Make a Paper Version and Figure It OUT!

comments (3) February 27th, 2009     

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JenniferStern Jennifer Stern, contributor
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Heres the proof of my pattern and a few of the traced pieces.
I taped the back dart together so I could get the welt to fit, matching up my dot markings.
This was where I was making my mistake—the pocket bag needed to point away, not toward the dart.
After I turned the pocket bag pieces around and sewed them to the back leg and waistband, I was able to construct the pocket as I sewed the waistband to the top of the pant legs in one continuous seam!
Yeah...now its back to illustrator to draw the steps so I can get this puppy to the printer!
Heres the proof of my pattern and a few of the traced pieces.

Here's the proof of my pattern and a few of the traced pieces.

Photo: Jen Stern

Whether you design your own patterns (and you stumped yourself), or you're just trying to make sense of how pattern pieces sew together, I discovered that it helps to make a paper version of the problem to help figure it out.  I'm working on my Khaki Pants pattern instructions. I was cruising along pretty well until I got to the back inseam pockets. I have a sample pair to look at, and quite frankly, I wasn't impressed with the way we put them together the first time (in the rush of a fashion show deadline). I sat there thinking there had to be a better way to construct them. I mean, the way I sewed them together worked...kinda. It just seemed too painful—having to clip the seam allowances and a few other steps that weren't sitting right with me.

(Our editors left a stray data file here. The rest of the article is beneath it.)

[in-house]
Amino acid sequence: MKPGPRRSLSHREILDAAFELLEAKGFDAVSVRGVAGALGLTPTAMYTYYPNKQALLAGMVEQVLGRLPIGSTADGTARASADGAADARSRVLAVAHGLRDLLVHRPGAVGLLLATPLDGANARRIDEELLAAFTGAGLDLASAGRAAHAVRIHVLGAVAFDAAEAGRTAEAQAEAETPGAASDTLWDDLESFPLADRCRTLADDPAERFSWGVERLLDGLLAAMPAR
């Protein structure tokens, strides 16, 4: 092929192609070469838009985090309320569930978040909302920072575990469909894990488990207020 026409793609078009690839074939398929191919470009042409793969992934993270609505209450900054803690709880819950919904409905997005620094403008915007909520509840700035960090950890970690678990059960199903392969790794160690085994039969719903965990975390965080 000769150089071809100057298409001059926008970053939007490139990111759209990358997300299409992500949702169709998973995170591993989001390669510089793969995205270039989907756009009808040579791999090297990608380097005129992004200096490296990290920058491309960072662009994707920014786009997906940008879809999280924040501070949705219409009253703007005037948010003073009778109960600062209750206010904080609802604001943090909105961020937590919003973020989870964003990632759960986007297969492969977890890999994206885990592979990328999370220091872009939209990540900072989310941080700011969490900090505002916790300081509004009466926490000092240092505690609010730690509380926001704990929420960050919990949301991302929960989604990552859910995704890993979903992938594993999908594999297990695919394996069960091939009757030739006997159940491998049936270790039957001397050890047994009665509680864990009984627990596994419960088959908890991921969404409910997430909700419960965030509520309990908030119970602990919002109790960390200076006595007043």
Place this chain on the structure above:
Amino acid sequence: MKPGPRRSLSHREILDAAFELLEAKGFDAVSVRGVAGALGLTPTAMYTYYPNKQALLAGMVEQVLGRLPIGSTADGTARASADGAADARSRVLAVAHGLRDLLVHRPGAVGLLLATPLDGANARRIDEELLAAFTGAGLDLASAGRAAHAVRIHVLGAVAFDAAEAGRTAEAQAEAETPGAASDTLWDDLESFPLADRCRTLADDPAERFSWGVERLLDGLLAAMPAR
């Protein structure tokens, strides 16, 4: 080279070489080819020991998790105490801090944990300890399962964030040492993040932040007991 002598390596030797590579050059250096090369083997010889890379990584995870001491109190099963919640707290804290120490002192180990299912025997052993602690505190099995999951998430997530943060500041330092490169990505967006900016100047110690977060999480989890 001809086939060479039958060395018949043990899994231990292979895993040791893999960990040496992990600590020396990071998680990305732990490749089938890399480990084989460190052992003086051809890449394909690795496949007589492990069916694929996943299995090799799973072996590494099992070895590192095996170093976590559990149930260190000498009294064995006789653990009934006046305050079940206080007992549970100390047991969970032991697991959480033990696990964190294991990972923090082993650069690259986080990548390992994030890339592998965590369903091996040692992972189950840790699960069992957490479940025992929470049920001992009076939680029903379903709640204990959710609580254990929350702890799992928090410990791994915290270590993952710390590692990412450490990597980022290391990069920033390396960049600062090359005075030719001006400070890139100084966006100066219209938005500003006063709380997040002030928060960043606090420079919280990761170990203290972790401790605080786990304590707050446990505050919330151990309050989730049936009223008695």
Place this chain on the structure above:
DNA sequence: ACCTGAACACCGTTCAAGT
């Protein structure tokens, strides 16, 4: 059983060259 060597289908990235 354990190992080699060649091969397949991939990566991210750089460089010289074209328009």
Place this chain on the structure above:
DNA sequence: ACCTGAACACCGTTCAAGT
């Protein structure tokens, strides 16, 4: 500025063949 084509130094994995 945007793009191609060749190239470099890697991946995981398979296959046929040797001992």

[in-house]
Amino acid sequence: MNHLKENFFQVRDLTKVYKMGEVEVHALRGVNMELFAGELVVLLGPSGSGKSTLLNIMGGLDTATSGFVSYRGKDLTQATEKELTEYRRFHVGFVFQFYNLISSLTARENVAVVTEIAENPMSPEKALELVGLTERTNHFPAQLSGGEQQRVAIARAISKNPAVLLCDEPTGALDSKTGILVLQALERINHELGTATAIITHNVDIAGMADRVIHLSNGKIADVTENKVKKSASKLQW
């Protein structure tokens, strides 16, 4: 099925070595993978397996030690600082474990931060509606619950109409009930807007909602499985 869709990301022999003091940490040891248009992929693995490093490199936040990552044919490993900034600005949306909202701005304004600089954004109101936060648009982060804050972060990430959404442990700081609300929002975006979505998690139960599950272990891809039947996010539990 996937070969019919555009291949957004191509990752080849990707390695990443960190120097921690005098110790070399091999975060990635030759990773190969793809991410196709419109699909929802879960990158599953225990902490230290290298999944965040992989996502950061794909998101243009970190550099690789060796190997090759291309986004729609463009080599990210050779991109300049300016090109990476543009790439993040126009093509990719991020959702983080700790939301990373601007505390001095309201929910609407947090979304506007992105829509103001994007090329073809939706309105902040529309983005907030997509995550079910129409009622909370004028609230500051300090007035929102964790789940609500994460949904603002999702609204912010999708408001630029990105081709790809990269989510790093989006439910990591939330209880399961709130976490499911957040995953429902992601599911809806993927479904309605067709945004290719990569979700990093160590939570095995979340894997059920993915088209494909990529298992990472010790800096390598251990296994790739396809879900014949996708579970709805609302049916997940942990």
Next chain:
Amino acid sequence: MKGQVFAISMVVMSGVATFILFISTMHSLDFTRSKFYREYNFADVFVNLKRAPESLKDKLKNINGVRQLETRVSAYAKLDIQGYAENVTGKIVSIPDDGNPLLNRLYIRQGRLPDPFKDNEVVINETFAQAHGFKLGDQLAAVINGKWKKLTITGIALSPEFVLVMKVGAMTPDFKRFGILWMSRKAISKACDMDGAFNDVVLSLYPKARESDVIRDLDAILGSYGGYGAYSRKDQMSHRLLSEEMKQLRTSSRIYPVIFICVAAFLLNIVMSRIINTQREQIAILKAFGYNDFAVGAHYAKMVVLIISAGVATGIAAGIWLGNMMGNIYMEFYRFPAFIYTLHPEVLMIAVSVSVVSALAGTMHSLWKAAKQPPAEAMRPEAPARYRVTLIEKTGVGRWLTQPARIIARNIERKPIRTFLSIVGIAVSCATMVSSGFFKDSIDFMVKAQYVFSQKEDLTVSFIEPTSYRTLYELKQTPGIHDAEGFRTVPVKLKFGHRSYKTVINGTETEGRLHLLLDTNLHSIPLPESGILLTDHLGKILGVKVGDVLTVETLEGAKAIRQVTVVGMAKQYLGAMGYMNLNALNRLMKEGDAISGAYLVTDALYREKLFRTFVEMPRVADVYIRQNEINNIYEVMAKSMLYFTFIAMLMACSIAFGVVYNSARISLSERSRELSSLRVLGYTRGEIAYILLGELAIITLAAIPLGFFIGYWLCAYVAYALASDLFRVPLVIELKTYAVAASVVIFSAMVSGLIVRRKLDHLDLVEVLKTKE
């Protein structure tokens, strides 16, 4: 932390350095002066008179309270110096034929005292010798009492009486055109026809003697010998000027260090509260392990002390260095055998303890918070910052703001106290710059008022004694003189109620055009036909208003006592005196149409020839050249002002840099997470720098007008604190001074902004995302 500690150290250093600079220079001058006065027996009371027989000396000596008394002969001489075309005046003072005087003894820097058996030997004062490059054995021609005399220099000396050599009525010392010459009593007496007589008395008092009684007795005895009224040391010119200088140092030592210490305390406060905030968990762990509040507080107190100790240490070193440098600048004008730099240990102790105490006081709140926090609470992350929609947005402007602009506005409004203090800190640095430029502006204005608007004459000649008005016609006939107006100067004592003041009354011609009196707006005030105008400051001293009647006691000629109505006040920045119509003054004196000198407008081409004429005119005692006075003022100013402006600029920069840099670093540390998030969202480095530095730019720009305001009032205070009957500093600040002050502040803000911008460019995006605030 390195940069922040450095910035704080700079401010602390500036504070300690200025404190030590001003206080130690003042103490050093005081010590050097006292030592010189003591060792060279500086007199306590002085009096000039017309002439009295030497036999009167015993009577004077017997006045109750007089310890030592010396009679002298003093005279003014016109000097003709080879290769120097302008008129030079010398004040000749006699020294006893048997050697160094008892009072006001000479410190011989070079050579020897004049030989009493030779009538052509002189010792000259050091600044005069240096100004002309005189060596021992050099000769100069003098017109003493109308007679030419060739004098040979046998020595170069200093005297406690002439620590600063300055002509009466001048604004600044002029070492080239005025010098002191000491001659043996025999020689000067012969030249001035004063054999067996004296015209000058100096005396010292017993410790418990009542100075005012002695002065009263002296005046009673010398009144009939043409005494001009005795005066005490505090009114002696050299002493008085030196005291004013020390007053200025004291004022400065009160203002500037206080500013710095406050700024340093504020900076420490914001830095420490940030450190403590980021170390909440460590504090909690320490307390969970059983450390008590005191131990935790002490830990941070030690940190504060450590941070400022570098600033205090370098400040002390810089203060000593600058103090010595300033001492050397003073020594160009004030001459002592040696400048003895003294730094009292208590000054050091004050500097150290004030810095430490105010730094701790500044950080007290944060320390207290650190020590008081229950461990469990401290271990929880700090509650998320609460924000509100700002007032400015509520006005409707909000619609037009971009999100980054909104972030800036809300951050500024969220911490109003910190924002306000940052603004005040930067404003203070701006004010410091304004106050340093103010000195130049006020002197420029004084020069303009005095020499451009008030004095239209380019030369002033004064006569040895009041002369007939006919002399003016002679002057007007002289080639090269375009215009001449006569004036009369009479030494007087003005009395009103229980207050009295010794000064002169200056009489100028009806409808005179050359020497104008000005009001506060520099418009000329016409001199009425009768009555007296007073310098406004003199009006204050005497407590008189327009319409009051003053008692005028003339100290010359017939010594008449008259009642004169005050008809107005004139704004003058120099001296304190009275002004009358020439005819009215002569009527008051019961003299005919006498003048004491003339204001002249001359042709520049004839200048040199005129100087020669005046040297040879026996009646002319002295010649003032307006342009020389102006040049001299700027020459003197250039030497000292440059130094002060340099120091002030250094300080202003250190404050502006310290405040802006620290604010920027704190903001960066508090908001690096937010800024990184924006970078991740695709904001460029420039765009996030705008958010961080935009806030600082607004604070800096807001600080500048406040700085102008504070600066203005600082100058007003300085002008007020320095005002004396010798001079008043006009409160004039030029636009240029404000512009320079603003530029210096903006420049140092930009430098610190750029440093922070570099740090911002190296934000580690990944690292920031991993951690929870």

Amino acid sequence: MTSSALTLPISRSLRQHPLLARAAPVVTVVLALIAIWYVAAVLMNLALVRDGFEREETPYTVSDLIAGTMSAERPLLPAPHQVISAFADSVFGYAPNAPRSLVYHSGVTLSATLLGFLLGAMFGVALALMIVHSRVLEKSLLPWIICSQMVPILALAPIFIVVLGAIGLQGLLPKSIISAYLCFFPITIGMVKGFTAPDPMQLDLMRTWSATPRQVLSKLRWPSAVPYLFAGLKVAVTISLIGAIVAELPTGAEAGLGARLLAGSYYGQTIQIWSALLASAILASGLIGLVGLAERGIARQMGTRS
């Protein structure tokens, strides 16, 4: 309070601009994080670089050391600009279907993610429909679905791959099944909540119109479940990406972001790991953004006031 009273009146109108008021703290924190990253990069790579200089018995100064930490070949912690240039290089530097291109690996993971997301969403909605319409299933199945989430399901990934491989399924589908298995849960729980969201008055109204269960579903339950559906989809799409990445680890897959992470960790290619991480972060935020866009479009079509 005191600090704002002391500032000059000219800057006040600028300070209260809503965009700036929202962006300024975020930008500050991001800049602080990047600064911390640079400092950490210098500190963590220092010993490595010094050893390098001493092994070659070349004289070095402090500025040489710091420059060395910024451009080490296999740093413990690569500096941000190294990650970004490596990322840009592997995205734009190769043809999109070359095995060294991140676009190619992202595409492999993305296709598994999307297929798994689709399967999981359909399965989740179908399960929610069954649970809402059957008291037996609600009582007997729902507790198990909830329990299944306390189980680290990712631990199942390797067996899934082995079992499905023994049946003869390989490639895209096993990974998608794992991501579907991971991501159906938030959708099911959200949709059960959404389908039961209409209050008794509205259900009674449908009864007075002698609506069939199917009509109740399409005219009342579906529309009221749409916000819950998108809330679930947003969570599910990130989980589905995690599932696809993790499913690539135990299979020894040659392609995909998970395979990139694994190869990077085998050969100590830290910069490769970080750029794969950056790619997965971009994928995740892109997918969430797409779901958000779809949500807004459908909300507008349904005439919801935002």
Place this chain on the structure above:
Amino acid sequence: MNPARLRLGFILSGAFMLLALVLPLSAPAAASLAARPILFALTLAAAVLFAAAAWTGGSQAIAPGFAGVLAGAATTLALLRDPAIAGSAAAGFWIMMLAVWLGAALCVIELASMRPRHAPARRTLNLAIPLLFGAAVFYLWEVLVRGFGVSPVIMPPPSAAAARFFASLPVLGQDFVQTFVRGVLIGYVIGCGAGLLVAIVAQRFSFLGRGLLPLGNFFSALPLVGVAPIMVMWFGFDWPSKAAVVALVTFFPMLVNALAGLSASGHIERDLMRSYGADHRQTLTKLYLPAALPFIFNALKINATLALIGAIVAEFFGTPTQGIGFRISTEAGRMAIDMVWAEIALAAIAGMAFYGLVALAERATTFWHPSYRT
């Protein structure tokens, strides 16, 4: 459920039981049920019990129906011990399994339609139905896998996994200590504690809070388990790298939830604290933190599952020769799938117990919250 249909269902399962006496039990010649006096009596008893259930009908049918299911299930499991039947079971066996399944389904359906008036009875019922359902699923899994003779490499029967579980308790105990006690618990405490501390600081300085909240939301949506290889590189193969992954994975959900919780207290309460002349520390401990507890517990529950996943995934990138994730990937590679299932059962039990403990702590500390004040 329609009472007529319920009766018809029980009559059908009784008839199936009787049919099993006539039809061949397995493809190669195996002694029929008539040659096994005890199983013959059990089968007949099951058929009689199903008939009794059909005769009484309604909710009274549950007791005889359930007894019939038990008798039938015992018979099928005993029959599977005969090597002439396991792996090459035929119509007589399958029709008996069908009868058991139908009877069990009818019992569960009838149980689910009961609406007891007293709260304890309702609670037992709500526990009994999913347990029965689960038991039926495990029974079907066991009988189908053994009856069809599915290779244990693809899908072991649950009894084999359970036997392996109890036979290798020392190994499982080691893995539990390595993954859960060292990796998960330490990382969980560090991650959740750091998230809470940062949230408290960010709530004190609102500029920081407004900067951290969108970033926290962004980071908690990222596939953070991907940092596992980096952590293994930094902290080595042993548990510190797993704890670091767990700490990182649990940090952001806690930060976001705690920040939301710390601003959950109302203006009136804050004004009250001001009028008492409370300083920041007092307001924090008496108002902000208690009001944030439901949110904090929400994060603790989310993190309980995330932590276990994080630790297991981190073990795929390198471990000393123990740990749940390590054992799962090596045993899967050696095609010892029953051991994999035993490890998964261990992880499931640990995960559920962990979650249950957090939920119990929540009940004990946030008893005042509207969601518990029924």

I decided that I would trace the actual pattern pieces out in paper and tape them together to double-check my method. I'm so glad I did because I discovered a much easier way to do it. (By "discover" I don't mean I came up with an original idea. I mean it's probably the way a well-written pattern with inseam pockets along the waistband would do it, too!)

Next time you're in a similar situation, you might save some fabric, time, and irritation working it out in paper first!

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Comments (3)

sewbozo writes: I had done this many years ago as a new sewer and forgotten all about it. This is a great idea to proof something, if your not so sure. Thanks for refreshing my memory.
Posted: 8:55 pm on March 14th
susanbrownknitting writes: It is a great tip, thank you! Sometimes I do this using non-woven interfacing scraps as I find it bends and pins well.
Posted: 4:06 pm on February 28th
Patzee writes: Nice tip! I'm often confused by some instructions and making a paper template will help.
Posted: 8:00 pm on February 27th
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